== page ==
over the next couple of days were pretty fair and reasonably positive.
We did attend the NHLA dinner on Friday evening. It was well
organized and well attended. The speakers were interesting and even
the food was decent! Thanks to Mr. Murphy and the Pratts, as well as
the many others I'm sure had a hand in it. A small pack of liberals
protested with signs. Their favorite slogan seems to be "Government
is not the problem." Sorry guys, but you're wrong. Government is in
fact, if not the entire problem, usually a big part of it.
We also went on the trip to Grafton on Sunday. It looked quite
promising for the longer term, but will need time and work,
especially on Bob's land, which is still very raw. Grafton is the
closest cheap real estate to Lebanon/Hanover where Dartmouth College
is locaed, and might make a very good investment. On the way back we
took a look at Lebanon/Hanover, since there may be industries there I
can work in. These looked nice but expensive and probably
overzoned. Haverhill looked possible.
On Monday we left the campground and headed first up to Berlin, which
looked pretty active. The main employer in the town is a paper mill
that makes their paper "from scratch" as the librarians told us.
Real estate is very cheap. It's likely too far north for us,
however. We then came back south and toured the Lakes region.
Pretty, but both very expensive and a little tacky but mainly
touristy with ski condos everywhere. Unlikely to be what we want.
We stayed in a campground and got rained on very heavily.
Tuesday we continued our tour of the lakes region, through Conway and
Wednesday we went to Rochester, which looks depressed and a bit
rundown. Reasonable real estate and workable zoning probably
available. Somersworth was cute. We drove the beach/coast road;
very posh and expensive, crowded. Parts were scenic, but no thanks.
Dover might offer some possibilities. We stayed the night in Dover
with Dave Mincin. Thanks, Dave!
Thursday we went back for another look at Exeter and Portsmouth,
having learned much more about what to look for. Our initial
impressions were comfirmed. We stayed at a B&B in Portsmouth, and
had a fantastic (but expensive) meal at a French restaurant called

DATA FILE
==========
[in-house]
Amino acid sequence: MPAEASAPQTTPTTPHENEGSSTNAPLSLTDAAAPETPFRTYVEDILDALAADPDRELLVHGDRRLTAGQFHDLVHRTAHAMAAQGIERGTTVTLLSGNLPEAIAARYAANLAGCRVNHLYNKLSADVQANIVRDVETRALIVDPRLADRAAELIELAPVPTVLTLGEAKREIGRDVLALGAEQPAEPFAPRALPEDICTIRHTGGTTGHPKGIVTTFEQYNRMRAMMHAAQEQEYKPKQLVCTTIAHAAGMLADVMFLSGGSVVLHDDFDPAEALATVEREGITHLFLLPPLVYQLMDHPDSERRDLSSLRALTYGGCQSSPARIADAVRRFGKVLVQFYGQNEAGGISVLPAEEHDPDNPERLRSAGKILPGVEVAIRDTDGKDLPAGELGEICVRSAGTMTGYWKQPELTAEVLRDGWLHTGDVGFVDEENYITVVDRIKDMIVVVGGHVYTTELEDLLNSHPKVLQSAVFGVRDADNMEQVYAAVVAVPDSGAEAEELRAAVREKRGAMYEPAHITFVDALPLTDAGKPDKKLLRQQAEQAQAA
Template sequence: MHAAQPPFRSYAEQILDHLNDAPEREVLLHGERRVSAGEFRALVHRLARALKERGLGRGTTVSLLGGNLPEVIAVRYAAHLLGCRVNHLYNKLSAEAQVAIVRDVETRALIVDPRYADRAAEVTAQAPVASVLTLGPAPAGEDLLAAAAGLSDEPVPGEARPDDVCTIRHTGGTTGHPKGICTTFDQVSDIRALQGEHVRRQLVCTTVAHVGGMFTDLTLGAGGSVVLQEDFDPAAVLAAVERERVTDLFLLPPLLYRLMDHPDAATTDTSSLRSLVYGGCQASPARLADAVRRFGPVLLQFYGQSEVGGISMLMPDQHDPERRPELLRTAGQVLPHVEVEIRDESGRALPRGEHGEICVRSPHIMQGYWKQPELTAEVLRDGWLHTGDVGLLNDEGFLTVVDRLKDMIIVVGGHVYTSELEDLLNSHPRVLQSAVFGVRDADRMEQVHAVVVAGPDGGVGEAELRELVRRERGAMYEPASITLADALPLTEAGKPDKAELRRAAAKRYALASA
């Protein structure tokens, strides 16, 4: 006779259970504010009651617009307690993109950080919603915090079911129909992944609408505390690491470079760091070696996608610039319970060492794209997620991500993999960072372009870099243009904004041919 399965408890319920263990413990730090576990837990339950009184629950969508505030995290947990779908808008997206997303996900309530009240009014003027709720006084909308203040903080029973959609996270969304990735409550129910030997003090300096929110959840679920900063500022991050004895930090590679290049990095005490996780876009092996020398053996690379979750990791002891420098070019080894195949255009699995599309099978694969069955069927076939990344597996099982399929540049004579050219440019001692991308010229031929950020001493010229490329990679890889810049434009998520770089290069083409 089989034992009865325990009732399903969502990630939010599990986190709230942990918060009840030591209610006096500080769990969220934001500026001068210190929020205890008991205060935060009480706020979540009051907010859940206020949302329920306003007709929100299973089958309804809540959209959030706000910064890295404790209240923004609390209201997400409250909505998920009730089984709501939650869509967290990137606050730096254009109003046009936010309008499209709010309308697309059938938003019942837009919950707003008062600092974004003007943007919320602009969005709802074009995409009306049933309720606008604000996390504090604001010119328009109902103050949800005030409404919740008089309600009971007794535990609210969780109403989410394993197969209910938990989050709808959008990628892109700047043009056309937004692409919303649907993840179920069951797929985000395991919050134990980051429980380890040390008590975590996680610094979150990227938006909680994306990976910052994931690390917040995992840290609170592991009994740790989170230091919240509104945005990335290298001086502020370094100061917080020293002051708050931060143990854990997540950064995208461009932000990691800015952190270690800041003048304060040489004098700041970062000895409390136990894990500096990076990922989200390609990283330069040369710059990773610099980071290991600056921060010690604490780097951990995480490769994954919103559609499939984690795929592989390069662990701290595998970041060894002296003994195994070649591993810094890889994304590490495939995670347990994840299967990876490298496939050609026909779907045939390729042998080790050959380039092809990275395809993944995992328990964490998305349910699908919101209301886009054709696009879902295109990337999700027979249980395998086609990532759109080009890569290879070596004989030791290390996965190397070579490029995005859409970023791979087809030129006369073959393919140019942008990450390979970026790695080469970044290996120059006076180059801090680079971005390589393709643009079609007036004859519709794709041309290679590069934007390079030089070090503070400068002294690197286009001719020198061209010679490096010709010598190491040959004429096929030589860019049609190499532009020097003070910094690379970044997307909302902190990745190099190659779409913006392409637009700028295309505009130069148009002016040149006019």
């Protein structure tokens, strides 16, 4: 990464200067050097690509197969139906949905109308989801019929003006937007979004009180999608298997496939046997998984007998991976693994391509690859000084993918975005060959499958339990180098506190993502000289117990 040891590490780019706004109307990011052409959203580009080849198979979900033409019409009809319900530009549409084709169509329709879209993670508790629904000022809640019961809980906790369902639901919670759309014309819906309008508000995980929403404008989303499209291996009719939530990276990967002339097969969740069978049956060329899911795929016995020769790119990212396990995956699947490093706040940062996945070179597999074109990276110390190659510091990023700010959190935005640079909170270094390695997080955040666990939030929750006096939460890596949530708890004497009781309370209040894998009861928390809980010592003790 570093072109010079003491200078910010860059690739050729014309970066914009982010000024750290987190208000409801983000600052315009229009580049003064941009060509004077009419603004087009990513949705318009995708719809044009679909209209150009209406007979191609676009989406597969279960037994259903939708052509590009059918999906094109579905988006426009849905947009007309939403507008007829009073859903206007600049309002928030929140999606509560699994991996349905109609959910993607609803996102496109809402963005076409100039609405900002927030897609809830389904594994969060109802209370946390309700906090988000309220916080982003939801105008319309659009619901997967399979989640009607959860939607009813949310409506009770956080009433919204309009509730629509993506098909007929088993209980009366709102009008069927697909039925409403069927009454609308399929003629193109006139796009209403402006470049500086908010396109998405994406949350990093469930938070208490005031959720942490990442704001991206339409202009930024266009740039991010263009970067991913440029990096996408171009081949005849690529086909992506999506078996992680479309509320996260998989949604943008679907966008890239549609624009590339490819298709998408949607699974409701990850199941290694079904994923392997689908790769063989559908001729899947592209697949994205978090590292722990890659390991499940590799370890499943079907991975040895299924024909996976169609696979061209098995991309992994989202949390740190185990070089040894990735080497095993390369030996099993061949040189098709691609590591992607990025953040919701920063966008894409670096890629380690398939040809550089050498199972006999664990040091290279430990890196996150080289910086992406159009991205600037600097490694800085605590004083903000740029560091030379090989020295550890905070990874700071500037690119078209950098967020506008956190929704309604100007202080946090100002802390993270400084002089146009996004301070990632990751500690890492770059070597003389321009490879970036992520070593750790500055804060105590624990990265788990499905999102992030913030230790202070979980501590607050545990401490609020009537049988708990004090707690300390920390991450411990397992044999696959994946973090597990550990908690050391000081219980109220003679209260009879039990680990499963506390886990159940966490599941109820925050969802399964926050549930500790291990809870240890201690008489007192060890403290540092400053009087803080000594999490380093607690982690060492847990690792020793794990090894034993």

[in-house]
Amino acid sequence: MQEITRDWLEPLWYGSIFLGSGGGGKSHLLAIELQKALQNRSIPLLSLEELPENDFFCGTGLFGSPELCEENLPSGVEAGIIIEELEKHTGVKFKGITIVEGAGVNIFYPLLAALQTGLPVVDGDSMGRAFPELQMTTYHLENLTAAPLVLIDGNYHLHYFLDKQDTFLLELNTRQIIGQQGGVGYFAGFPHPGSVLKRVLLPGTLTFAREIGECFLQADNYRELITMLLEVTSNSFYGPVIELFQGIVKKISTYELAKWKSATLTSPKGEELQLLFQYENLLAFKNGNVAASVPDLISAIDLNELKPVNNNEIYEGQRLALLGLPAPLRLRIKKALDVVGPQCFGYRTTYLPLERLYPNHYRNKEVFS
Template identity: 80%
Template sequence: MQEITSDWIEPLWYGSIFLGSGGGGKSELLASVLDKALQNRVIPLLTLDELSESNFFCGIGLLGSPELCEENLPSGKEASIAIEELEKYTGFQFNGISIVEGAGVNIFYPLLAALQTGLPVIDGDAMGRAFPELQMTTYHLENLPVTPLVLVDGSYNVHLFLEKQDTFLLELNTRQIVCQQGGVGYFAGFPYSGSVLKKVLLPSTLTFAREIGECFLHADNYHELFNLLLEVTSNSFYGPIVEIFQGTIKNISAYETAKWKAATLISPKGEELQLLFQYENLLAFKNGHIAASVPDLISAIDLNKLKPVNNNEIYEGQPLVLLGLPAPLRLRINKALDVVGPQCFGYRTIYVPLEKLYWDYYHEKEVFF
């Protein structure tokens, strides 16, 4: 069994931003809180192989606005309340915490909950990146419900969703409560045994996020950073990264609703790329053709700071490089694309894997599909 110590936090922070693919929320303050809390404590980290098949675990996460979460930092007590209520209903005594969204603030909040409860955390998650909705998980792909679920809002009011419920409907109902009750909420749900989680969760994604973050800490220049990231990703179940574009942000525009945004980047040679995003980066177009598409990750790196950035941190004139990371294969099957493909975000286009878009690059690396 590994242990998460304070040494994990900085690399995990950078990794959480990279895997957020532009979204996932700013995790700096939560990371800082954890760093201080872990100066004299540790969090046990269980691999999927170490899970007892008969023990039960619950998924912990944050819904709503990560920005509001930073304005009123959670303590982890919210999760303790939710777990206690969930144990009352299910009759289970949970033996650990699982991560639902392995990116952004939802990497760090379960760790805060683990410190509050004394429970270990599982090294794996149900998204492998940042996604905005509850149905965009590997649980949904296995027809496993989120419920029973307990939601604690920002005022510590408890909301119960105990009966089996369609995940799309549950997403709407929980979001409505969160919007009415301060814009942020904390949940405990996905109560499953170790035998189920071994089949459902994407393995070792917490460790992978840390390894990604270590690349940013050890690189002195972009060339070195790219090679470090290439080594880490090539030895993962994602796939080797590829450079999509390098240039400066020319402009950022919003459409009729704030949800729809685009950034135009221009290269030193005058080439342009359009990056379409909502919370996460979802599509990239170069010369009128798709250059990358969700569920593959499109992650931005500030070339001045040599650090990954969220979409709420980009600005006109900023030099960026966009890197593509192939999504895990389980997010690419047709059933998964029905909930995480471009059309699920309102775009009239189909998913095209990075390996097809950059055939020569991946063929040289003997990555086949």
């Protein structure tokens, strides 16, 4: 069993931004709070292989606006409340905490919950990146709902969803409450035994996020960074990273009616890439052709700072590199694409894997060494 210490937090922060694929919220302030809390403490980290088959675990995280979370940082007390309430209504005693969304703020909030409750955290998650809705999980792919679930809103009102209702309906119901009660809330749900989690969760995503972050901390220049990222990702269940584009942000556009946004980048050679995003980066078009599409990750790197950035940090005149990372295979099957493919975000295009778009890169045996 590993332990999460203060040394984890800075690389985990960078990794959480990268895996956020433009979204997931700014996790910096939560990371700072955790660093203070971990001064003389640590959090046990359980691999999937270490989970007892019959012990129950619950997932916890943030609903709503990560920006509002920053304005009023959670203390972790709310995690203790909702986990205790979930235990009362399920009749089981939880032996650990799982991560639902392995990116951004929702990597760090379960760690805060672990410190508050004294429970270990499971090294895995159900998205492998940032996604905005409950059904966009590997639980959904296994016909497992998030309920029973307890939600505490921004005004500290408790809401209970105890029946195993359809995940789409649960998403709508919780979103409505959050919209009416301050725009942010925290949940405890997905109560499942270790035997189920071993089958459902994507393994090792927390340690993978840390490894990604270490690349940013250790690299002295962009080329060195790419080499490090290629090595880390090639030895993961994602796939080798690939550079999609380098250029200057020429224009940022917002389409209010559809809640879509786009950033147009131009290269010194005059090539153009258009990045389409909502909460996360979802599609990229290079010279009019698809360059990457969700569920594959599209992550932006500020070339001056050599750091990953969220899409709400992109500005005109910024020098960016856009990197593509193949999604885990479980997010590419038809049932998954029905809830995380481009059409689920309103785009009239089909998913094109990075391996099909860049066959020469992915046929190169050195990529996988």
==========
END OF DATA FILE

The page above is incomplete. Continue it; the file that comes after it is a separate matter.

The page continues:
Lindbergh's Crossing. I highly recommend it if you have the
inclination for fine dining, it was worth the price!
Friday we walked Portsmouth some more. It's sort of more upscale
touristy; more art and less outlet malls. Then we drove back to
Boston and flew home.
1) New Hampshire is beautiful almost everywhere, and livable in most
places. Almost all of the west half of the state looked pretty good;
most of the east half seemed unsuitable for us for one reason or
2) As usual, the cities seem more politically liberal than the
3) Several towns were incorporated in the 1800's, from parts of
surrounding towns. I asked around at the FSP fest if anyone had
looked to see if this was still possible, to create our own free town
somewhere rather than disrupt an existing order, and was told by
several that it was not. I have since found out, however, that Sugar
Hill was incorporated in 1962, and that there are a few
unincorporated areas still existing (albeit mostly way up north). I
think further investigation is warranted.
4) NH natives are very nice and were almost universally welcoming and
friendly. Most had heard of the Free State Project, although many
had not. None gave us bad reactions to the concept (except for the
protestors at the NHLA dinner).
5) Kristine and I are going, whether or not the FSP officially
succeeds. Even if nothing there improves, it's a very good place,
and a damn sight better than California.
6) We can certainly make a difference, and I think we can actually
succeed in our goals, as long as we are willing to take a long-term,
respectful, gentle, and patient approach. I think most NH residents
are open to our ideas, and will help us achieve a real freedom,
provided we don't act like a bull in a china shop, and piss everyone
off before they get to know us.